Here’s the text of the latest in my series of articles for the ‘Credo’ slot in the Newark Advertiser.
I am studying for a B.A. degree in Practical Theology at York St John University. 18 months to go and (if I work hard and get the grades) I’ll be graduating.
One of the topics we looked at recently was the issue of slavery. It was fascinating to look at the history of the debate about slavery that took place both in this country and the United States at the time when the arguments for abolition were gaining momentum. What was particularly interesting is the role of Christians and the use of the Bible on both sides of the debate.
The various books of the Bible were written many years ago at a time when slavery was commonplace and an accepted practice. So on reading the Bible (both Old and New Testaments) one finds passages that accept and condone slavery. It is true that in some places in the Bible limits are placed on how slaves should be treated, but the fact that they existed goes largely unquestioned.
Harriet Beecher Stowe’s novel ‘Uncle Tom’s Cabin’ was very influential in the slavery debate in the USA. She uses characters, including clergymen, who quote the Bible in support of their pro-slavery position, but counters that with the message of Jesus: one of the characters says: “I can read my Bible; and there I see that I must feed the hungry, clothe the naked, and comfort the desolate; and that Bible I mean to follow.” The author’s anti-slavery stance is made very clear.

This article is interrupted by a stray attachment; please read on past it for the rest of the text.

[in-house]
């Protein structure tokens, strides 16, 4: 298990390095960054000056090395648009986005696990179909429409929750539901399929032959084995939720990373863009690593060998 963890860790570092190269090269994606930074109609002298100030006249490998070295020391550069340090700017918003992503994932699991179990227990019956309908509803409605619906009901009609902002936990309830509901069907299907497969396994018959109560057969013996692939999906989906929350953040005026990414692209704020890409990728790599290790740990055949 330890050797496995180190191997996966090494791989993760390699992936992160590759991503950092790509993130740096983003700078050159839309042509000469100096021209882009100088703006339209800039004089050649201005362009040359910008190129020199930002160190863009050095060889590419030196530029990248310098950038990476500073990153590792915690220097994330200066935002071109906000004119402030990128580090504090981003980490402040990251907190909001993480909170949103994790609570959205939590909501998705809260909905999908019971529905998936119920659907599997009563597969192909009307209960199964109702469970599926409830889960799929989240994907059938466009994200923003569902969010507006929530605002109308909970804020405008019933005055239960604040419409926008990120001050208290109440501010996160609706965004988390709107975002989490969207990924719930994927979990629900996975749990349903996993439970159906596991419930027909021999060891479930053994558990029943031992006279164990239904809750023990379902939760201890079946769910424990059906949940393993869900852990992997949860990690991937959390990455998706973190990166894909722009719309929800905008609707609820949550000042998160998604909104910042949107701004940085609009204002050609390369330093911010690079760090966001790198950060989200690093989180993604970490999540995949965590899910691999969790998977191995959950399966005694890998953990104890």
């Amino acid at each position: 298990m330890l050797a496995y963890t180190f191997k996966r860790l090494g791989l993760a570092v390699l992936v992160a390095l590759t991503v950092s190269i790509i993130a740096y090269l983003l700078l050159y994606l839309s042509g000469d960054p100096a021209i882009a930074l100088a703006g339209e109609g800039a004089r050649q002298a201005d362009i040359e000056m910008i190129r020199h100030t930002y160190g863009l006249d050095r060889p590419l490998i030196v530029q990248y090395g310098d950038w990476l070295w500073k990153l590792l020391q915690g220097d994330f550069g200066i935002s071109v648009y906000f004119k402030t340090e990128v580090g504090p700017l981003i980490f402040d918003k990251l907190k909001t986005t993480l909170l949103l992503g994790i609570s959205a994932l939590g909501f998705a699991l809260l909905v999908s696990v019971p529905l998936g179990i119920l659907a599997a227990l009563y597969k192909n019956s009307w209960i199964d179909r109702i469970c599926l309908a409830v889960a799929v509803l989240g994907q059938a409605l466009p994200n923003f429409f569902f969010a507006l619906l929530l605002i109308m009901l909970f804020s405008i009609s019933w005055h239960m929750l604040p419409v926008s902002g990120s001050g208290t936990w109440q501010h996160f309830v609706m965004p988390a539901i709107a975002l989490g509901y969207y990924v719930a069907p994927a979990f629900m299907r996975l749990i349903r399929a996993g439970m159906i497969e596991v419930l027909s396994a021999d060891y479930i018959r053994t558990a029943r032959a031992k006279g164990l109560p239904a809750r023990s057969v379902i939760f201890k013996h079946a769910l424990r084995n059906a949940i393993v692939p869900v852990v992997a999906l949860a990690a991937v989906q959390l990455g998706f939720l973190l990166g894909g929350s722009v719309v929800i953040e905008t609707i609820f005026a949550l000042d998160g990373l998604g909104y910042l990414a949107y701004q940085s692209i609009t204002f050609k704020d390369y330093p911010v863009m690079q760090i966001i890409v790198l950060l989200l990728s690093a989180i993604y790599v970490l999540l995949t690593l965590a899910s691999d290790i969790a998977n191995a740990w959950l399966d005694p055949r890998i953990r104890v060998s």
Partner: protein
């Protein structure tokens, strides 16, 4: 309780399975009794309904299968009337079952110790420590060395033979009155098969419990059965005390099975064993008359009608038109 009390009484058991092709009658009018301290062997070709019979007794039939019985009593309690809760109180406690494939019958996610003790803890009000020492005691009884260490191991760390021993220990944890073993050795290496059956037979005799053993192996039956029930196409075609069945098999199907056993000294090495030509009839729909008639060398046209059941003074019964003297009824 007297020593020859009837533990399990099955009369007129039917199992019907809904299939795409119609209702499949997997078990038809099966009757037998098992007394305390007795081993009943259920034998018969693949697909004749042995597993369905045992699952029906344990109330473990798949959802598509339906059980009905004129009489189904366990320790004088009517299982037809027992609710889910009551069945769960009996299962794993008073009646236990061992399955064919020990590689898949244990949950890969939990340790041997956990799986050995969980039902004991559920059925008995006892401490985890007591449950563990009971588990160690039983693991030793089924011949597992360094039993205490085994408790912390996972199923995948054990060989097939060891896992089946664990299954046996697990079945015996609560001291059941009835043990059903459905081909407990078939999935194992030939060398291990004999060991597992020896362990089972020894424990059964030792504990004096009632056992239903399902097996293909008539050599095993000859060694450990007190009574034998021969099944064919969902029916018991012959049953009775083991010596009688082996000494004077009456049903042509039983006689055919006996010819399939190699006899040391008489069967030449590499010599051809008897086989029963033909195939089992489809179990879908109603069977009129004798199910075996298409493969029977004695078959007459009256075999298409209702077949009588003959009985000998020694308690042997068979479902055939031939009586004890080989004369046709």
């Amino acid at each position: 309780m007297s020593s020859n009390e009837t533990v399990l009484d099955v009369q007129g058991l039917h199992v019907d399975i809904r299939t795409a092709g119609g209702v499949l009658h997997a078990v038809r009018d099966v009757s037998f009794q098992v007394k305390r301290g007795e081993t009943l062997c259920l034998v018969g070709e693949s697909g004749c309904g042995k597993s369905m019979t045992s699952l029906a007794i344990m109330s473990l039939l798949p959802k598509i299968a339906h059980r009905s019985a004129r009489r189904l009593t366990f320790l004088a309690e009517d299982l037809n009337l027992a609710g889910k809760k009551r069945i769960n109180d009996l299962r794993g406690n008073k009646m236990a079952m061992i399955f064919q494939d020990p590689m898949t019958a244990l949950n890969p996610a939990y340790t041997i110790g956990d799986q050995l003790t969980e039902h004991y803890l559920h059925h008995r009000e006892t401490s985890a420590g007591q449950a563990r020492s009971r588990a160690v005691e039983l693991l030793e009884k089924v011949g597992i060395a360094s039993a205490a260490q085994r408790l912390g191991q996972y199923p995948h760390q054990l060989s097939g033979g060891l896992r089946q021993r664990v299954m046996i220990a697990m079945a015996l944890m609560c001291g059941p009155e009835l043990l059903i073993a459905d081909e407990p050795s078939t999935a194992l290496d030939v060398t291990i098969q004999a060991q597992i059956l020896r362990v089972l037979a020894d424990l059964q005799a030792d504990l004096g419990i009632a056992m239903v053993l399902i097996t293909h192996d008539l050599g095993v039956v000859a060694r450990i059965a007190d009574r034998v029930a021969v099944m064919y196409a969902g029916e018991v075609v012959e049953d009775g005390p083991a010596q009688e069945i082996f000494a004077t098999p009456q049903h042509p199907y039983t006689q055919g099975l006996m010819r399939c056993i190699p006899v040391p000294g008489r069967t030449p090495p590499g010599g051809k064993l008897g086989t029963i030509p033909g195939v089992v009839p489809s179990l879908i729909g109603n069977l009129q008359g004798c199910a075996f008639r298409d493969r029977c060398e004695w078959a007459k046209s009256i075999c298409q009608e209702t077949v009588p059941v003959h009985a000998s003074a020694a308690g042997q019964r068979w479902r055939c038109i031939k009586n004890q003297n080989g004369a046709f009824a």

I don’t think there is any Christian now who would argue that slavery is justifiable – at least I hope not. The argument has been won long ago. Those texts that seem to support slavery have been weighed in the balance with the words of Jesus about loving one another and the message of love has won the day.
There are other contentious issues that the church continues to wrestle with. The role of women in church leadership is one; the different Christian traditions have a range of viewpoints on that matter, but overall the trend is clearly in the direction of equality of the genders. Late last year, for example, the Church of England appointed a woman to the third highest role in that church, Bishop of London. But not everyone in the Church of England agrees with the current stance: no doubt the debate will continue for some time yet. Another such issue is homosexuality; again there are widely different views in the churches, with some being happy to marry same sex couples and others seeing homosexuality as a sin. In both these issues biblical texts can be quoted in support of both sides of the argument.
It is over 200 years since the abolition of the transatlantic slave trade. Looking back it is difficult to see how Christians could ever have supported slavery. I wonder what Christians in 200 years from now will think when they look back on the debates Christians are having today about equality of gender and sexuality?